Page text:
What was supposed to be a shortened week with lower trading volume ahead of Thanksgiving has turned into a serious disappointment. With major selling in the three broad stock market indexes, most investors are now finding themselves where they just cannot wait for 2018 to turn into 2019. That nine-year bull market has run into serious issues twice now in 2018, and the October sell-off has now been followed by serious pressure in November. And that one-day post-election rally fizzled away as quickly as it tried to start.
With the Dow back down at 24,500 and the S&P 500 back at 2,650, there is a serious question investors have to be asking right now — Is now the time to panic? That answer is complicated, but let’s try this on for size: It Depends!
While the stock market has proven over and over that it can bounce back rapidly, the reality is that investors in 2018 have found it less rewarding chasing every market sell-off than in prior years. It is imperative that long-term investors who are staying in the market not look away from their money and investments for very long. Still, don’t let the financial media spook you into selling your lifelong holdings with every sell-off. The financial media will spook even the most resolute of investors into thinking every sell-off is on the verge of turning into an outright stock market crash.
There is another reality outside of market fears: You don’t have to lose your assets during a stock market sell-off or even during a crash. And to make matters even better, even the retail investing community can profit from market volatility and crashes alike.
24/7 Wall St. has gathered a list of 10 exchange-traded funds (ETFs) and exchange-traded notes (ETNs) for investors who want to keep their money invested during periods of uncertainty. These ETFs are simply go-to investment and trading vehicles if it looks like the stock market could tank at any moment. These cover multiple strategies outside of regular equity index investing, and we have included instances in which the ETFs have not performed properly in times. We also have identified some risks and caveats that investors need to consider about each fund.
The next time you see a stock market crash, or just a major market pullback in a short period, be sure to look back at the performance of these specific ETF products. You’ll probably be surprised just much better they do as a whole compared to any index tracking the Dow Jones industrial average, the S&P 500 and the Nasdaq 100. Investors also should consider that there are probably a few options from other ETF issuers that compete against these, almost down to the exact same strategy. Leveraged ETFs and those that are too difficult to easily explain have been left out of this review.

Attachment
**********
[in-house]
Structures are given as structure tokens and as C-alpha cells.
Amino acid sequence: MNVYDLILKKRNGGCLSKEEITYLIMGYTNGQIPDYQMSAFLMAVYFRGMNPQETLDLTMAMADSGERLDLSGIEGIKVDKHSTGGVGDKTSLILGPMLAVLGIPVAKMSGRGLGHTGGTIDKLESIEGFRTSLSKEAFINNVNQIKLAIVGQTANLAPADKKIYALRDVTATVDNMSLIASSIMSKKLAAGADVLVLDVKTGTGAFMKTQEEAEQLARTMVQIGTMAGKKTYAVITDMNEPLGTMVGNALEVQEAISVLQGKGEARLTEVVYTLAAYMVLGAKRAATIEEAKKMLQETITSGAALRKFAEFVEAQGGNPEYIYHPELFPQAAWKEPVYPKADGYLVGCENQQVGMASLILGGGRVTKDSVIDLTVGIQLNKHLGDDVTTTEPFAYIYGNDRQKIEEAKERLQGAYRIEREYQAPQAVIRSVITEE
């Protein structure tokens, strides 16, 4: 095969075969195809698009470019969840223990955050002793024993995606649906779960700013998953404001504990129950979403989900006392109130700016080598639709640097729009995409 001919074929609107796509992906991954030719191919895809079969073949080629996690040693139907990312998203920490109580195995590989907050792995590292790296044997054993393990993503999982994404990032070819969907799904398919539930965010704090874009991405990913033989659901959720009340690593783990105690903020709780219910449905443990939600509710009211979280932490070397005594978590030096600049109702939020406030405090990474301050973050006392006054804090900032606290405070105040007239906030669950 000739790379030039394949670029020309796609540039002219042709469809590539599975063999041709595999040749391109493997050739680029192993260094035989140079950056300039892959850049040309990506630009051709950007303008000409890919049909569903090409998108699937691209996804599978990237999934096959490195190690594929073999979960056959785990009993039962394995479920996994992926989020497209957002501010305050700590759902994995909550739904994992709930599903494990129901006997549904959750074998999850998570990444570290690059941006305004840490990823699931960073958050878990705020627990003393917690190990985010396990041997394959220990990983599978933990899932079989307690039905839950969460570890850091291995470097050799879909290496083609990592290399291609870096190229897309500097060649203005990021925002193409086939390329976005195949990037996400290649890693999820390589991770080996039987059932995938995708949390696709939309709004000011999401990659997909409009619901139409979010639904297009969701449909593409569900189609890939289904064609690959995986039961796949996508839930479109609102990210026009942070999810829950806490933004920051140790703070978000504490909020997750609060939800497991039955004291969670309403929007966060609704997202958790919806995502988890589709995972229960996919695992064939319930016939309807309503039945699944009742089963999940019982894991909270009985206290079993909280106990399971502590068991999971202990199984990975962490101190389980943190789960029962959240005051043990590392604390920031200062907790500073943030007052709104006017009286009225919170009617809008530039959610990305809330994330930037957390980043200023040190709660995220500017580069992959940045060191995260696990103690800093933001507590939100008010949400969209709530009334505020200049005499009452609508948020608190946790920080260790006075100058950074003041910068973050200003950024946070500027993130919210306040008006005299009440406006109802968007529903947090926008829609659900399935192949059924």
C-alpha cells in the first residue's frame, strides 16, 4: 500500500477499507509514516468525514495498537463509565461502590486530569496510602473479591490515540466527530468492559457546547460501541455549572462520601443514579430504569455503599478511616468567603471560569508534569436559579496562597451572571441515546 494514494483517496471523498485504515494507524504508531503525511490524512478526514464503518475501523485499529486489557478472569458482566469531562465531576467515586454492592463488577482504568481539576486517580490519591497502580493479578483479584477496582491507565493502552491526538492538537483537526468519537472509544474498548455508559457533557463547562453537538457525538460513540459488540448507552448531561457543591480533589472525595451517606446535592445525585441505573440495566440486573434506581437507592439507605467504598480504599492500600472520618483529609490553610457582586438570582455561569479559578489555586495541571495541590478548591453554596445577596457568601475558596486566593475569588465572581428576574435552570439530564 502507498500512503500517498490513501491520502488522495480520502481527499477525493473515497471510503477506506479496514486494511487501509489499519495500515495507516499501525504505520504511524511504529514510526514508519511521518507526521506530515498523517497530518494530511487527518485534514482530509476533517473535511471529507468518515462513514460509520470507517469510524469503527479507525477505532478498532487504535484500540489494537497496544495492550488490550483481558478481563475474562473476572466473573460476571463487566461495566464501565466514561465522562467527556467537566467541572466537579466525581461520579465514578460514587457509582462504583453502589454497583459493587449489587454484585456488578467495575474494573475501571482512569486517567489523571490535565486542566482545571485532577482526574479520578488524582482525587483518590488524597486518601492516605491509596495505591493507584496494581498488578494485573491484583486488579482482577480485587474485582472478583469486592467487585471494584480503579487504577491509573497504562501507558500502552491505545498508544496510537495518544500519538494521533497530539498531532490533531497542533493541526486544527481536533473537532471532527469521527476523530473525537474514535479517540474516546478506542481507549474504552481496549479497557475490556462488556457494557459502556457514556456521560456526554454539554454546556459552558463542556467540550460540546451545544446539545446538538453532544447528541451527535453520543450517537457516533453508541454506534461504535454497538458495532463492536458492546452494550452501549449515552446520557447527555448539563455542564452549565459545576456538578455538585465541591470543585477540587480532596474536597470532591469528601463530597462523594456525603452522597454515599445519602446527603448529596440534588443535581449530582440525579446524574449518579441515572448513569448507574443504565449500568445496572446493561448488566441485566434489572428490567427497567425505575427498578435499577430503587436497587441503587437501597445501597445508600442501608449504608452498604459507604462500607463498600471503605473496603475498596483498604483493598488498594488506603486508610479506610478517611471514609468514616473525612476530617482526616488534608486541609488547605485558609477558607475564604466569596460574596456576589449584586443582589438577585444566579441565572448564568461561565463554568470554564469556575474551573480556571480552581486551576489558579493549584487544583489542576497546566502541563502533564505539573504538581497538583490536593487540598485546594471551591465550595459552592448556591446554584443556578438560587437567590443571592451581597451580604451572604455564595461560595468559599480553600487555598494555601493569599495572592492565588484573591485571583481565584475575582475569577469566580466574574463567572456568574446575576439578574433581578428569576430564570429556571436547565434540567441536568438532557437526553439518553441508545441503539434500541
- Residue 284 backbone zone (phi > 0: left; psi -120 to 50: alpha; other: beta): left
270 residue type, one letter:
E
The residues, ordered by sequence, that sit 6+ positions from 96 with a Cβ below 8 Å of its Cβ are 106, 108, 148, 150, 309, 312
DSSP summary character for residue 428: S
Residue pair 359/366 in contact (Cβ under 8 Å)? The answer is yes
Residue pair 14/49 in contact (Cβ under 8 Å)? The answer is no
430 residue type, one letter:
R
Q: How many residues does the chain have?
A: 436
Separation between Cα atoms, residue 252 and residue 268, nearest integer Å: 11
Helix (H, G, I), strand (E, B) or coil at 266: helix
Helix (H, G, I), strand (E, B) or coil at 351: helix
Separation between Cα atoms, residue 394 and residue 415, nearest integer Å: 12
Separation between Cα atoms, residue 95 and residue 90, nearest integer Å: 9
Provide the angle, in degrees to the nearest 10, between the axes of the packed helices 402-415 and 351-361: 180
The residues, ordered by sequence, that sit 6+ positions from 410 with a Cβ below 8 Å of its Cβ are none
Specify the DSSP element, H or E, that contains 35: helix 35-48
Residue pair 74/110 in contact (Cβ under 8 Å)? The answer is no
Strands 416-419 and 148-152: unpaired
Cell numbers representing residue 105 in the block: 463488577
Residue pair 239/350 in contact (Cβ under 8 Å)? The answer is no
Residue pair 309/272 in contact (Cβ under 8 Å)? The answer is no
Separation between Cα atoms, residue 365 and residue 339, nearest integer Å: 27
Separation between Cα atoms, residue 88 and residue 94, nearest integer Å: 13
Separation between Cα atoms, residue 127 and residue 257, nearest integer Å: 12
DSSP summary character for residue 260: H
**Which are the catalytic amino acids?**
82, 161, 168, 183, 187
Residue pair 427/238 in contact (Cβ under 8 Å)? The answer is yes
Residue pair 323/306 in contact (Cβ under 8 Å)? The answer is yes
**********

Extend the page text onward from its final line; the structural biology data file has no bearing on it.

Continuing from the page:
Here are 10 ETFs for investors to seek out of they are worried about a next stock market sell-off or crash right around the corner. And remember, some of these ETFs are built to fly higher during rocky stock markets.
1. Short-Term Treasuries
There’s supposed to be a tug-of-war of some sort between stocks and bonds during periods of volatility and uncertainty. When investors get spooked out of stocks, they often decide to park in short-term and intermediate-term bonds and the funds that track them. The Schwab Short-Term U.S. Treasury ETF (NYSE: SCHO) is probably about as safe as you get because it only invests in short-duration government debt. You’re never going to get rich investing in short-term and money-market funds, but you won’t have to worry about looking away from the ticker tape a couple of days and seeing your investment down 10%, 15% or worse.
There are multiple short-term and money market instruments out there to choose from.
2. Adjustable Treasuries
Another investment in Treasury debt is in the Treasury Inflation-Protected Securities (TIPS). SPDR Bloomberg Barclays TIPS ETF (NYSE: IPE) invests in Treasury debt that has an adjustable yield rather than investing in fixed coupon debt. As Treasury yields and inflation rise, the yield on the TIPS adjusts higher with them. If interest rates go down, the yield goes down here too. You aren’t going to get rich going for adjustable-yields with the government guarantee, but you won’t ever go broke.
One consideration is that some TIPS were constructed at one point in the no-rate and low-rate cycle in a manner that they could actually get negative yields temporarily.
3. Short-Intermediate Corporate Debt
If you want a little extra yield than short-term government debt, there is corporate debt issued by the top companies in America. They almost always have a higher yield than their government counterparts, and almost all the companies are investment grade in the Vanguard Short-Term Corporate Bond ETF (NYSE: VCSH). This ETF goes out a little further on the curve for added yields as it tracks the Bloomberg Barclays U.S. 1-5 Year Corporate Bond Index.
The ETF includes dollar-denominated, investment-grade, fixed and taxable debt issued by industrial, utility and financial companies. Just keep in mind that this ETF was created after the Great Recession.
4. Preferreds for Safety
The iShares Preferred Stock ETF (NYSE: PFF) invests in preferred shares rather than common shares. This is a tad more complicated for those new to investing, but they generally come with better safety and higher yields than buying regular stock. During the market crash of 2008 and 2009, many investors wanted to look at preferred securities of major banks and major companies. If things got too bad in the economy, preferred shares, similar to bondholders, are actually senior to the common stockholders. That means if a company folds, the preferred shareholders may still get money back even if the common stockholders get wiped out entirely.
Unfortunately, even this ETF performed poorly during the Great Recession due to a high reliance on financial and other companies that were hurt badly during the stock market sell-off.